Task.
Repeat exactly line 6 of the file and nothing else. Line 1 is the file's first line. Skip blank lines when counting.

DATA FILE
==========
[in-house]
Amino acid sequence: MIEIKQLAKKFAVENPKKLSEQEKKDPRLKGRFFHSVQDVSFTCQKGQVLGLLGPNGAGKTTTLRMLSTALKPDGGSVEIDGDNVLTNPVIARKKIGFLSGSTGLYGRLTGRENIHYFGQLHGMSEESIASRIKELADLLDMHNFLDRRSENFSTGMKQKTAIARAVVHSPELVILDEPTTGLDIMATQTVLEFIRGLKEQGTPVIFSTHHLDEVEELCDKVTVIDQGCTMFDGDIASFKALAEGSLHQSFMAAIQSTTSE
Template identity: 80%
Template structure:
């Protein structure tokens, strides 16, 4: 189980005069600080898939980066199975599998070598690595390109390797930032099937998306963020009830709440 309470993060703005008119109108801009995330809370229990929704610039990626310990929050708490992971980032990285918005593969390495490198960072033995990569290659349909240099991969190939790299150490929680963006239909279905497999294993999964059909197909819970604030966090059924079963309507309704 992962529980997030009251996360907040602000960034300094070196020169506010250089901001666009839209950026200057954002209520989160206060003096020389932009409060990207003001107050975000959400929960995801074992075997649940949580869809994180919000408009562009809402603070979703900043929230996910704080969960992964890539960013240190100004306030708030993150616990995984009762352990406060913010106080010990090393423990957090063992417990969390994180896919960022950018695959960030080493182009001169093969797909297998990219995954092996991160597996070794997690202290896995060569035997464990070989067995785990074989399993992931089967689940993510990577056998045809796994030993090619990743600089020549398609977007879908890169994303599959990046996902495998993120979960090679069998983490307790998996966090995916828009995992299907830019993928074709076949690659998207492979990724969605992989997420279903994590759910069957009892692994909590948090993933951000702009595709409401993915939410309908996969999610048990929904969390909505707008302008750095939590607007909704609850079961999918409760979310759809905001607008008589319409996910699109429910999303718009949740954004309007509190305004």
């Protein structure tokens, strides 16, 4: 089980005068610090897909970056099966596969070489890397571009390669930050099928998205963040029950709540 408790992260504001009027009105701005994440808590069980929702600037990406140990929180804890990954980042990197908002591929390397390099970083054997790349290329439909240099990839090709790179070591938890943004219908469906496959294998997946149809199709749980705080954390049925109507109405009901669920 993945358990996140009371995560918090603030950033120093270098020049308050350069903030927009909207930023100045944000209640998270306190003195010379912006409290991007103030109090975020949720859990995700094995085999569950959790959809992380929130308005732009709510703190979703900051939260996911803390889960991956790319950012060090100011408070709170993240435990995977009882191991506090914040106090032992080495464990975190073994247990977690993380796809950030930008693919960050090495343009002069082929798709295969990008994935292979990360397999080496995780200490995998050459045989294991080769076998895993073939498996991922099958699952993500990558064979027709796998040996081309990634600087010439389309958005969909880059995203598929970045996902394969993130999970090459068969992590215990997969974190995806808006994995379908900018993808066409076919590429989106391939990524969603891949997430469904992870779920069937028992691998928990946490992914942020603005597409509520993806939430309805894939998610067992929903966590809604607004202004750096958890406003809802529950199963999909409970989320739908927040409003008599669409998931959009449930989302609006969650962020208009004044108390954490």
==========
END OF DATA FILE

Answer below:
């Protein structure tokens, strides 16, 4: 089980005068610090897909970056099966596969070489890397571009390669930050099928998205963040029950709540 408790992260504001009027009105701005994440808590069980929702600037990406140990929180804890990954980042990197908002591929390397390099970083054997790349290329439909240099990839090709790179070591938890943004219908469906496959294998997946149809199709749980705080954390049925109507109405009901669920 993945358990996140009371995560918090603030950033120093270098020049308050350069903030927009909207930023100045944000209640998270306190003195010379912006409290991007103030109090975020949720859990995700094995085999569950959790959809992380929130308005732009709510703190979703900051939260996911803390889960991956790319950012060090100011408070709170993240435990995977009882191991506090914040106090032992080495464990975190073994247990977690993380796809950030930008693919960050090495343009002069082929798709295969990008994935292979990360397999080496995780200490995998050459045989294991080769076998895993073939498996991922099958699952993500990558064979027709796998040996081309990634600087010439389309958005969909880059995203598929970045996902394969993130999970090459068969992590215990997969974190995806808006994995379908900018993808066409076919590429989106391939990524969603891949997430469904992870779920069937028992691998928990946490992914942020603005597409509520993806939430309805894939998610067992929903966590809604607004202004750096958890406003809802529950199963999909409970989320739908927040409003008599669409998931959009449930989302609006969650962020208009004044108390954490």